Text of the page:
on , , , 2 minutes reading

For a while a book that had been in my shelf, asking to be read, has been C++ Concurrency in Action, Second Edition by Anthony Williams and published by Manning. Long story short, it is an amazing book, if you are new to concurrency or want to learn more about it (it doesn’t matter you are not into C++), give it a read!.

Anyway, I was writing the examples in C++ and I noticed something interesting with CMake, let me explain with a toy example:

#include <iostream>

int main() {
std::cout << "hello concurrent world!\n";
});
t.join();
}


As you see, something simple, we use the thread header in the standard library introduced in the C++11 standard, let’s build a simple CMakeLists.txt to build with CMake using C++17:

cmake_minimum_required(VERSION 3.15)
project(hello)

set(CMAKE_CXX_STANDARD 17)
set(CMAKE_CXX_STANDARD_REQUIRED ON)



As usual, we build with the typical cmake and cmake --build . as usual (remember to do this in an out-of-source directory!) and guess what, it builds without any problems! (in Windows and macOS).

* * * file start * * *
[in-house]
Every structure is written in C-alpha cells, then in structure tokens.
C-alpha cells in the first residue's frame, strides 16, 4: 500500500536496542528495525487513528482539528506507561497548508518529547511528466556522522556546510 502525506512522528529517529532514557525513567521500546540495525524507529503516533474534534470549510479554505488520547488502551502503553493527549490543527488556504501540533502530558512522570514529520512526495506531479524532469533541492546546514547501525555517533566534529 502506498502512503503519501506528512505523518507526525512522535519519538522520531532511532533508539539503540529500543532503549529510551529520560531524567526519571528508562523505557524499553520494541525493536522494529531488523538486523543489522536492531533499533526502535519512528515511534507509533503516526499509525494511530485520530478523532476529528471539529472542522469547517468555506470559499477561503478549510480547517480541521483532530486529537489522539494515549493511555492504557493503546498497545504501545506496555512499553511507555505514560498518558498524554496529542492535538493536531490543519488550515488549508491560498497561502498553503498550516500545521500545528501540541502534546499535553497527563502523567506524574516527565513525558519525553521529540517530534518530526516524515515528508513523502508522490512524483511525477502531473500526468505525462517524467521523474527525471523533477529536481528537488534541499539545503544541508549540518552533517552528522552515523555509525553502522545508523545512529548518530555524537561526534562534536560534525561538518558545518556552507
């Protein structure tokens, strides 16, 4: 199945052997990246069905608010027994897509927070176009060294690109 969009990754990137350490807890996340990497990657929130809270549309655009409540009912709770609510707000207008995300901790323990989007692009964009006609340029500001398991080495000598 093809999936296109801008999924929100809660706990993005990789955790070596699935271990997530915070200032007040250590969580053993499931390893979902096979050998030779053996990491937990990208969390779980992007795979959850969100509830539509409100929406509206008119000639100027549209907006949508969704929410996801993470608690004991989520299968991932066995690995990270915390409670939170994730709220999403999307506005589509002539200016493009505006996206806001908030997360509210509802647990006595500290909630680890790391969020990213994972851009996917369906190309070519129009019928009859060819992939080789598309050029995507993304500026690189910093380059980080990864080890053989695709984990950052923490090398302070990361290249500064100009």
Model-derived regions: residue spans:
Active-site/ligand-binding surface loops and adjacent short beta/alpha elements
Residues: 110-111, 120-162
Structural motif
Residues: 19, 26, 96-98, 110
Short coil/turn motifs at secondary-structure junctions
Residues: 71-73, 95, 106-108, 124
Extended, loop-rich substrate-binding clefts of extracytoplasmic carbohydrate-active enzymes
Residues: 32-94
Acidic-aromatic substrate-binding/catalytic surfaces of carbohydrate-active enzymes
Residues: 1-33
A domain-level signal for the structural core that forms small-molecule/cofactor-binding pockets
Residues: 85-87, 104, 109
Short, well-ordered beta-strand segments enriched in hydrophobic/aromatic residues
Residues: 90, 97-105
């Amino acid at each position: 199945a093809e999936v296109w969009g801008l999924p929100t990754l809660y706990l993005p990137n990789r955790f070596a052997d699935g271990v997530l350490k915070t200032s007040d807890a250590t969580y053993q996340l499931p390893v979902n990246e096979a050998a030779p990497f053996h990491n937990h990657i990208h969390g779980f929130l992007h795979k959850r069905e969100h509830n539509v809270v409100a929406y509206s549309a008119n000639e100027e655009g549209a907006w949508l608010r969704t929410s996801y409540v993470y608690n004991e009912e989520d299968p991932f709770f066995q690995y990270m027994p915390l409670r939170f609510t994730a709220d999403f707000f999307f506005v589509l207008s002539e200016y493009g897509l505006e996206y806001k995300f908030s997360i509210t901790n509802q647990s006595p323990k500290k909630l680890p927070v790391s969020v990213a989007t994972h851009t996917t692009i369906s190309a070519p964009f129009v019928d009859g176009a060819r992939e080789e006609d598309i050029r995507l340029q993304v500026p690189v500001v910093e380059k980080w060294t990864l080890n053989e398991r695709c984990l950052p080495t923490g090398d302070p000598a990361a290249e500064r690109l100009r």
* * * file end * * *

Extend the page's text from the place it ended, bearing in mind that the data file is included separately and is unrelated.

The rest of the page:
But if you try to build the same sample in Linux we have a surprise!

main.cpp:(.text+0xd9): undefined reference to pthread_create'


Wow, an error! it cannot find the pthread library when linking. I was actually expecting something like that but it didn’t fail at all in macOS and Windows, why? because in macOS and Windows you don’t require an external library for threading (so it is included already) while in Linux (and probably FreeBSD) you will need to specify a threading library to use. Knowing this we change the CMakeLists.txt file to this:

cmake_minimum_required(VERSION 3.15)
project(hello)

set(CMAKE_CXX_STANDARD 17)
set(CMAKE_CXX_STANDARD_REQUIRED ON)


Done, if we try to compile in Linux it will just work! in macOS it will pass the -pthread parameter to LLVM and it will be ignored while in Windows it will just tell you pthreads.h` is not found but CMake will find a Threads library anyway, compiling without problems!